This paper addresses one of the key issues that has flummoxed me in my research and that is a central issue to multimodal learning in general: cognitive load. One the one hand, student activities such as drawing exercises present the opportunity to help students learn by increasing their cognitive load in a beneficial way. However, there is always a danger that these exercises can increase effort without improving understanding (creating more heat than light) by increasing cognitive load in a harmful way. (See Mayer.) Although this study has a small sample size (N=111), it provides a helpful example of an experimental design that sets out to control for several variables (prior knowledge, verbal ability, spatial ability) while measuring student-reported cognitive load in a drawing exercise. The authors conclude that constructing mental images was a more effective for students at improving their comprehension than constructing drawings on paper because the latter was too overbearing in terms of cognitive load. This paper shows the value of including questions in a post-test that are process-related rather than content-related.

 

Mayer, R. (2005) Mutlimedia Learning. Cambridge: Cambridge University Press.

Mayer is one of the most widely-cited experts on the subject of multimedia learning, where multimedia refers to any combination of words and pictures regardless of whether they are in print or on screen. He has published numerous articles on his experiments parsing the psychological pros and cons of different combinations of learning materials, summarized beautifully in this book—a must-read for anyone interested in the effectiveness of drawings, photos, animations, etc. Mayer organizes his insights into twelve principles of multimedia design: Coherence, Signaling, Redundancy, Spatial, Temporal, Segmenting, Modality, Multimedia, Personalization, and Image principles. These provide a very helpful framework for posting specific hypotheses in biology education, whether in the classroom or regarding the effectiveness of online materials.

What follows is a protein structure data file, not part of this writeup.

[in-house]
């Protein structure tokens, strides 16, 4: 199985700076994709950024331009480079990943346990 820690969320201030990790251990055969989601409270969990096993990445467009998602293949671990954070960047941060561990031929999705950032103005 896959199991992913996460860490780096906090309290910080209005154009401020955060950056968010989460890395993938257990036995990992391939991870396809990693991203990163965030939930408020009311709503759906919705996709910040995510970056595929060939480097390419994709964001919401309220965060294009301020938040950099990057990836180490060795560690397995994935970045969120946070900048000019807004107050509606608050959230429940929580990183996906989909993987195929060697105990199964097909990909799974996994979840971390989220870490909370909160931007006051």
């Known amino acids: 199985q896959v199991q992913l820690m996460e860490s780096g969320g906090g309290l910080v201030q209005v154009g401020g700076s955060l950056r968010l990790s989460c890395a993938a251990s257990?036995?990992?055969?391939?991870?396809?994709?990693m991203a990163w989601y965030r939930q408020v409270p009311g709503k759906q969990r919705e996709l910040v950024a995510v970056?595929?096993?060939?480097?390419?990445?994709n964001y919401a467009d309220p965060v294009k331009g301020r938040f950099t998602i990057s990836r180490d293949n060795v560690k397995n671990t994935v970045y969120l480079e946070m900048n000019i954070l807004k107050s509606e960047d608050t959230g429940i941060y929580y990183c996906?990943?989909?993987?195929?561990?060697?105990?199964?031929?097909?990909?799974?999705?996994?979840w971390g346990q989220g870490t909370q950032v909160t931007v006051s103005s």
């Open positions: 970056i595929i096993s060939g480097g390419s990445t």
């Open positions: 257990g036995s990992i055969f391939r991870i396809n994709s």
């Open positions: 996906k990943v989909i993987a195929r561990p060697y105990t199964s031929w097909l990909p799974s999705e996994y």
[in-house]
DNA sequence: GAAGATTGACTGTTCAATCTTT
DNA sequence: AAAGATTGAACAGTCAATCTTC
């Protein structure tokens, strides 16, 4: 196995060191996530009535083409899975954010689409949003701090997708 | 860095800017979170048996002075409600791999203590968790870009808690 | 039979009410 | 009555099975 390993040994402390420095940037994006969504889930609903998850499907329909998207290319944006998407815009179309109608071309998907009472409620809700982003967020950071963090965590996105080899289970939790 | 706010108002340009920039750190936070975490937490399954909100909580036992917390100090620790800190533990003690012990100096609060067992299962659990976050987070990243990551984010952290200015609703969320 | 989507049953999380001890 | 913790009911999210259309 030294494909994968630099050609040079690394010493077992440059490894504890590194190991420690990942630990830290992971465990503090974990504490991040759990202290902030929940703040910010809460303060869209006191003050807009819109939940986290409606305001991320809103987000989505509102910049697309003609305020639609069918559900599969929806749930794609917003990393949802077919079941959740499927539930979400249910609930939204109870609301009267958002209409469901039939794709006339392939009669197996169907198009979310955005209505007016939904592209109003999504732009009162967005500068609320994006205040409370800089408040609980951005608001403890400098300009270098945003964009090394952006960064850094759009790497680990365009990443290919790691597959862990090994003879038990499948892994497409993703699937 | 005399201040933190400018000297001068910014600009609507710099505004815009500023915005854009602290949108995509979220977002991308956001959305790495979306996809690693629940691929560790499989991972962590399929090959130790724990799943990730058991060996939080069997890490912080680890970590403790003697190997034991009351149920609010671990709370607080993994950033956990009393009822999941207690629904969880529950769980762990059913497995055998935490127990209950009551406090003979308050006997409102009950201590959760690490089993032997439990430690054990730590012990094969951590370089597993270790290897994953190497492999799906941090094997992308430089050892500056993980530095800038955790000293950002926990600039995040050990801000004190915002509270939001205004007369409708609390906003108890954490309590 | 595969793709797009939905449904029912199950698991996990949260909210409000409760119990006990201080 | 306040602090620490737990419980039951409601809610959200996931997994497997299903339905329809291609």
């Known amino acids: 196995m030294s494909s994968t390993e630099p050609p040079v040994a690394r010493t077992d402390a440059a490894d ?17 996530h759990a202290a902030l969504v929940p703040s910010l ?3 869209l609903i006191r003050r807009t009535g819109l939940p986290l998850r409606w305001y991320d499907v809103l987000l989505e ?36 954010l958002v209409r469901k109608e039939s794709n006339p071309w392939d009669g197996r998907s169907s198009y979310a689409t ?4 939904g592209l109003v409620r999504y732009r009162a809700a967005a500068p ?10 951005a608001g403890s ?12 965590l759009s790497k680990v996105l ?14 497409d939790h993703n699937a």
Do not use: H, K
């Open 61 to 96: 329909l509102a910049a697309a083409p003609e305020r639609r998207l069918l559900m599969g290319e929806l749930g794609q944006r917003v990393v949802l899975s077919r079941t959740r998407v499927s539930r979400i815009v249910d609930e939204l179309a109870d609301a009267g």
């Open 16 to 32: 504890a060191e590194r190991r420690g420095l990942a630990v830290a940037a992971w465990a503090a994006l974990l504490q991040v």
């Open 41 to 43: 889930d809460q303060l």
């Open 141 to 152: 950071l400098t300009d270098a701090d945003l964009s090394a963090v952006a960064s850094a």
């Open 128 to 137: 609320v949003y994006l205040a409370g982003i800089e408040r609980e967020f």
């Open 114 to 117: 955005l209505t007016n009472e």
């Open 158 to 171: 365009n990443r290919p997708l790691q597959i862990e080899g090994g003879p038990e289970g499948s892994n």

Pashler, H., M. McDaniel, D. Rohrer, and R. Bjork. (2009). Learning styles: concepts and evidence. Phychological Science in the Public Interest, 9, 105-119.

It is common knowledge that students have different “learning styles” so it is assumed that teachers should teach in a format that matches the preferences of the learners (such as visual learners versus aural learners). The authors review the enormous literature and conclude that while almost everyone claims to have a preference for mode of learning, there is no adequate experimental evidence to justify assessing and catering to particular learning styles in the classroom. This is important paper for my research topic because it addresses the obvious question of whether “visual learners” will differ from other learners in how they learn from drawing exercises. So far (as of 2009) there is no strong empirical evidence that there would be a difference (which is not to say that there is no difference; it just has not been demonstrated).